Antipsychotic drug use in nursing home decreased via program
Posted on behalf of Michael D'Amico of D'Amico & Pettinicchi, LLC on Dec 16, 2014 in Nursing Home Abuse
In a previous post we wrote about some of the signs of nursing home abuse and neglect. In that post we mentioned that chemically restraining a resident could be considered abuse or neglect under certain circumstances. For example, in some situations antipsychotic drugs might be used inappropriately to calm agitated residents with forms of dementia such as Alzheimer’s.
In this post we provide information about what one nursing home is doing to reduce the use of those drugs. Though the nursing home in this particular situation is located in another state, it is easy to see how the approach could be applicable in those located in Connecticut.
The nursing home created a program called Awakenings which aims to find other ways to calm agitated residents making it possible to take many of them off of the antipsychotic drugs. As a part of the program, staff members are provided and expected to remember information regarding each resident including their life story, likes and dislikes. Armed with that information, any staff member who encounters a resident exhibiting agitated behavior is expected to try to determine why. Once that is accomplished they then work to eliminate the root cause.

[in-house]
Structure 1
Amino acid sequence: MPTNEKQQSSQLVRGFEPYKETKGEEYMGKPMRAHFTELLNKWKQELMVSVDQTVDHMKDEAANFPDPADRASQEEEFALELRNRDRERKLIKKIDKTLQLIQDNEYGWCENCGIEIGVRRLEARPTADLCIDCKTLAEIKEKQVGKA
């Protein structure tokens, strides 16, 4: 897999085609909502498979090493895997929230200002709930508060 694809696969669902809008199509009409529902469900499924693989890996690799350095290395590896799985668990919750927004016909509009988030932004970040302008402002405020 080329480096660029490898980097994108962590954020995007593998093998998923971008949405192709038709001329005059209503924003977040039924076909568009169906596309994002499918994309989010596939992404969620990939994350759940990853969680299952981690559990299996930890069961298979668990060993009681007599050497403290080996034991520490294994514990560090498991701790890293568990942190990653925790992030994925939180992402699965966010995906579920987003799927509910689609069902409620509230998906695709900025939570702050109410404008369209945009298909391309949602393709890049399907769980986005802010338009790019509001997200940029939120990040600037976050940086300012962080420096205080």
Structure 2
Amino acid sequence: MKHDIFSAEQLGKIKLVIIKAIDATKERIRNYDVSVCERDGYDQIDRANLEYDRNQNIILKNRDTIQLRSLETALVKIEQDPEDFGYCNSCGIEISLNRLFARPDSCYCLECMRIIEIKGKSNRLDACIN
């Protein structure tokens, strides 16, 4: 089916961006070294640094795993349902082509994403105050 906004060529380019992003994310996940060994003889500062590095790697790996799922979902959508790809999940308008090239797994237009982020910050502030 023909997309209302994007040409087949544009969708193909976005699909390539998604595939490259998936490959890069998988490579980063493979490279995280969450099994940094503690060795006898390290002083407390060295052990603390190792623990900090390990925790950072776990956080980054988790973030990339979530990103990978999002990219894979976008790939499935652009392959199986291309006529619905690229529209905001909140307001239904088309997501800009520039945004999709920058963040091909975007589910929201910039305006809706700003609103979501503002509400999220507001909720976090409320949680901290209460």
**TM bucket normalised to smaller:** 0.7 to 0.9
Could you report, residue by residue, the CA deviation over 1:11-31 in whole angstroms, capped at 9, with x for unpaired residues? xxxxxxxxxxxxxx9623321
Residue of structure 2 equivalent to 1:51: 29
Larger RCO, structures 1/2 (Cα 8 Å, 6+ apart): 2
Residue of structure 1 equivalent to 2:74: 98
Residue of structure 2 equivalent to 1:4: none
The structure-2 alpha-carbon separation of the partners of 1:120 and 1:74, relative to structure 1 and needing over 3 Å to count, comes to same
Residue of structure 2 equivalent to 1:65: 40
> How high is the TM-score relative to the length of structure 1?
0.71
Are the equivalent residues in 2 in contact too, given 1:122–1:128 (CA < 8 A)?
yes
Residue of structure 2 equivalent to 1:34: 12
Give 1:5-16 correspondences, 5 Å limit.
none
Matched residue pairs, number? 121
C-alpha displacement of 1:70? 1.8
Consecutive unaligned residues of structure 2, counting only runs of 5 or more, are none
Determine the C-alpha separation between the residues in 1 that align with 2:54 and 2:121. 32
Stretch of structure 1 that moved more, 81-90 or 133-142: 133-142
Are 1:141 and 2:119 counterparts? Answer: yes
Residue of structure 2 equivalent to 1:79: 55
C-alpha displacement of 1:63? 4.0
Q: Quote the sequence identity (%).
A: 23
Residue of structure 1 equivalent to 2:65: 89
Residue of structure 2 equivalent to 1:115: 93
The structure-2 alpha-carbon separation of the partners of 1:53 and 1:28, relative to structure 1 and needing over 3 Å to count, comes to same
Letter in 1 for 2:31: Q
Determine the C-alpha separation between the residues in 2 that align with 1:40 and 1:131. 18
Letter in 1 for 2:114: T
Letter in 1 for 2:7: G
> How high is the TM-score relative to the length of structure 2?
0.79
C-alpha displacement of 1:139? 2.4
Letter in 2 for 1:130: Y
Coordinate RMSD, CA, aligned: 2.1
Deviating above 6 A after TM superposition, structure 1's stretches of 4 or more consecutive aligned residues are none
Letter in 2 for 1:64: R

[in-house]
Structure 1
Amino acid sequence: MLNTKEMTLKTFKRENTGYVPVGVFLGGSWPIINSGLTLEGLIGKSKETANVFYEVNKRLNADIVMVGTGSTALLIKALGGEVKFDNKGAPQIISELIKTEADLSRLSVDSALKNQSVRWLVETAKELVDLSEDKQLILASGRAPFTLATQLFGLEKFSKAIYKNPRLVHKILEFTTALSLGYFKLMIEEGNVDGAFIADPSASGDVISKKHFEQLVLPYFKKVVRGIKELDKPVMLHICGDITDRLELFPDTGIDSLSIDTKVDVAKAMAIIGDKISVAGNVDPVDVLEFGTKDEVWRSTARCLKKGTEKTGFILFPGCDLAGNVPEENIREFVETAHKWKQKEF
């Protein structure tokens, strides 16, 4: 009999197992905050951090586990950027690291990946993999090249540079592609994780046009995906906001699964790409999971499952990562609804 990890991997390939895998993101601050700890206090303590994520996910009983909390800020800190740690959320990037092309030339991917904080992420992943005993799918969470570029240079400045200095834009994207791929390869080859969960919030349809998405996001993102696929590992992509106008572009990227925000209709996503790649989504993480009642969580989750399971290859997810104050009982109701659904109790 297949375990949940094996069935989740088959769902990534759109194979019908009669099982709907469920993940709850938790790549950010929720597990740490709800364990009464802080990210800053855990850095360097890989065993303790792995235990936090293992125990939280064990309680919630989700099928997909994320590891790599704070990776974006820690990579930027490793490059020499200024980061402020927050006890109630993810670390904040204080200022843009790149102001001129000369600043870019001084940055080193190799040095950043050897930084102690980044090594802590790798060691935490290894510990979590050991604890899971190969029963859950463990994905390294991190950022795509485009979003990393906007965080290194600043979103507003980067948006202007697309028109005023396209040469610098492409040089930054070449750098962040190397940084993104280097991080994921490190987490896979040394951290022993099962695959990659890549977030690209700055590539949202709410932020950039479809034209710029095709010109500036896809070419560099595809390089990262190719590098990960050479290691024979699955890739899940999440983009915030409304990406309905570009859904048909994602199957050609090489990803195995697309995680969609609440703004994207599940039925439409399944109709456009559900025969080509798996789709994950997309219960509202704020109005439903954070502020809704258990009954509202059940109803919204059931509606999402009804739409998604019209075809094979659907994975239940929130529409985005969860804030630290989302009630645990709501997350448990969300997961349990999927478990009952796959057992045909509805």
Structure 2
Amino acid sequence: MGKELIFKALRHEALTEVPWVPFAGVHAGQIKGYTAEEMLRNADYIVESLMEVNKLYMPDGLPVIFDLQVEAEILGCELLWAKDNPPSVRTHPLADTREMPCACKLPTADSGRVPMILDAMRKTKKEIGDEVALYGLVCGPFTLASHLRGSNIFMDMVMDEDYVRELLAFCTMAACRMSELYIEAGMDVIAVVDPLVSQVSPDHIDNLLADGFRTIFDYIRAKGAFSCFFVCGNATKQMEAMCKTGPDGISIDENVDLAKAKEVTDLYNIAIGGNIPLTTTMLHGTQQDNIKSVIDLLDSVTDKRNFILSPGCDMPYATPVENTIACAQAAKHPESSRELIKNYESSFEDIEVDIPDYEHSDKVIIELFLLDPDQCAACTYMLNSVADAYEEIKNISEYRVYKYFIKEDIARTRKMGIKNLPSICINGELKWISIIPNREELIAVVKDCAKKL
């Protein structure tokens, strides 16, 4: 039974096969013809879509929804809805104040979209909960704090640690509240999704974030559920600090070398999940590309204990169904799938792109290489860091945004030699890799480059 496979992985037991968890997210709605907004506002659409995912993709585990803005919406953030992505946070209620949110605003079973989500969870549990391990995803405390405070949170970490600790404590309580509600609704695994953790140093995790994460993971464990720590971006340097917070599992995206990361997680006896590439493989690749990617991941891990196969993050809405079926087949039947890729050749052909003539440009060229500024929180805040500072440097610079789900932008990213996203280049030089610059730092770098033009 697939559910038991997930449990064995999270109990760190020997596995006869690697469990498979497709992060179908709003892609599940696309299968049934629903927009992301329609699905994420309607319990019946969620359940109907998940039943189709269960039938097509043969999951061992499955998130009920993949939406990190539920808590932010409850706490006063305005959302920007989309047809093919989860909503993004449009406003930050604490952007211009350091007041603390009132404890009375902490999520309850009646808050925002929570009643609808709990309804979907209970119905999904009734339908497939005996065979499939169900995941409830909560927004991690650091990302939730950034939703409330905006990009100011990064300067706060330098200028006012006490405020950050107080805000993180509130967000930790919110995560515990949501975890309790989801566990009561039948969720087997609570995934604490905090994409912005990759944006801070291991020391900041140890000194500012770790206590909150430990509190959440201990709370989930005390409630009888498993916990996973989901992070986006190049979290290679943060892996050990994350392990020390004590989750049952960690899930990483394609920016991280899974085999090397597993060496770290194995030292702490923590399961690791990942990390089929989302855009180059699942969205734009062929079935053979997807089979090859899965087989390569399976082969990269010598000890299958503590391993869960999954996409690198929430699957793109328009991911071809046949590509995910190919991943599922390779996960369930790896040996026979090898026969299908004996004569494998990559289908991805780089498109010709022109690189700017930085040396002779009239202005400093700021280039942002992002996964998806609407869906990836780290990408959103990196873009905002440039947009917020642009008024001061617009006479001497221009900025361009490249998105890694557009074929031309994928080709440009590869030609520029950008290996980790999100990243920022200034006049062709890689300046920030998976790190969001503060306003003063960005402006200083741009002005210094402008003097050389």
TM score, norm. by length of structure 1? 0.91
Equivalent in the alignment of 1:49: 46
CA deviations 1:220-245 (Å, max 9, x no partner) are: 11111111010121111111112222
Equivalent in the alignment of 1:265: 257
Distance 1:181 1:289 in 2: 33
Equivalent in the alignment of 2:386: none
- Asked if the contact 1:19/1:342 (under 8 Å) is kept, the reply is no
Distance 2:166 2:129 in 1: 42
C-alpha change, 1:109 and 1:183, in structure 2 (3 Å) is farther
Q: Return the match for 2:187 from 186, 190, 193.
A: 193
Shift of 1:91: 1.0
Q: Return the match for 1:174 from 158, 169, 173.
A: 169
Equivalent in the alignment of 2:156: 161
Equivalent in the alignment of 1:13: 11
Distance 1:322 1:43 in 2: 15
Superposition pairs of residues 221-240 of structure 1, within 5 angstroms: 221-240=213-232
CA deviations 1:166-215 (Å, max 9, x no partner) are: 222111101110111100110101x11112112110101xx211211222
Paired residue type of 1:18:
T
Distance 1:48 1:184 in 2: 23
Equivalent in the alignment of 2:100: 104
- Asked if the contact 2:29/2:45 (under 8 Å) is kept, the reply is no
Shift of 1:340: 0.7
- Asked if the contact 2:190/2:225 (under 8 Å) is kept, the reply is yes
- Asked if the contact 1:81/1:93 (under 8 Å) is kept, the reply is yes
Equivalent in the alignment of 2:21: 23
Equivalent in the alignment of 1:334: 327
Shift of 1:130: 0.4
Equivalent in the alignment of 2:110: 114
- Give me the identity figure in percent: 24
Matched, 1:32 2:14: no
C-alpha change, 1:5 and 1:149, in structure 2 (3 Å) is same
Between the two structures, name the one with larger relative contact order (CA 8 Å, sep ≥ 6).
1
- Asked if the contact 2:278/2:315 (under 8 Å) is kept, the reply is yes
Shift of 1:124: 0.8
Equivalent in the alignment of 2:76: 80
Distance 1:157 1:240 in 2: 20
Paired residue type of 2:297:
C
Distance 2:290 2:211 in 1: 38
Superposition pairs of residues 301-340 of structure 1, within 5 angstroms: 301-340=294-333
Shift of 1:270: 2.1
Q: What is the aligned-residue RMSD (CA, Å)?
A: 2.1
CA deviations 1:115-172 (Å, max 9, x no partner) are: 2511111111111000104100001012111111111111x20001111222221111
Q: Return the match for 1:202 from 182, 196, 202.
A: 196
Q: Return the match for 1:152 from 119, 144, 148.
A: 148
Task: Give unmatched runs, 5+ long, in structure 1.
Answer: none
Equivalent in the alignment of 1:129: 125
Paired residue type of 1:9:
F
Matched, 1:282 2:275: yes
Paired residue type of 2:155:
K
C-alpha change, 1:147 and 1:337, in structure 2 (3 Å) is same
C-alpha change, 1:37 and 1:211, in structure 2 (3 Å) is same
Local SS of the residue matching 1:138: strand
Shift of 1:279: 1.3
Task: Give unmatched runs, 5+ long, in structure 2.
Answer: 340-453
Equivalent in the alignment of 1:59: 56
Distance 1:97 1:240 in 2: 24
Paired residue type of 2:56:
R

Tactics used to accomplish this include:
- Pet therapy
- White noise
There is no question that there are situations where the use of antipsychotic drugs is appropriate. When however, they are used as a shortcut for calming residents without the guidance of a physician, the nursing home may be engaging in neglect or abuse. If you believe a loved one is in this situation you may be able to pursue a legal claim against the facility. A lawyer who handles cases involving nursing homes is a good place to start.
Source: National Public Radio, “This Nursing Home Calms Troubling Behavior Without Risky Drugs" Ina Jaffe, Dec. 9, 2014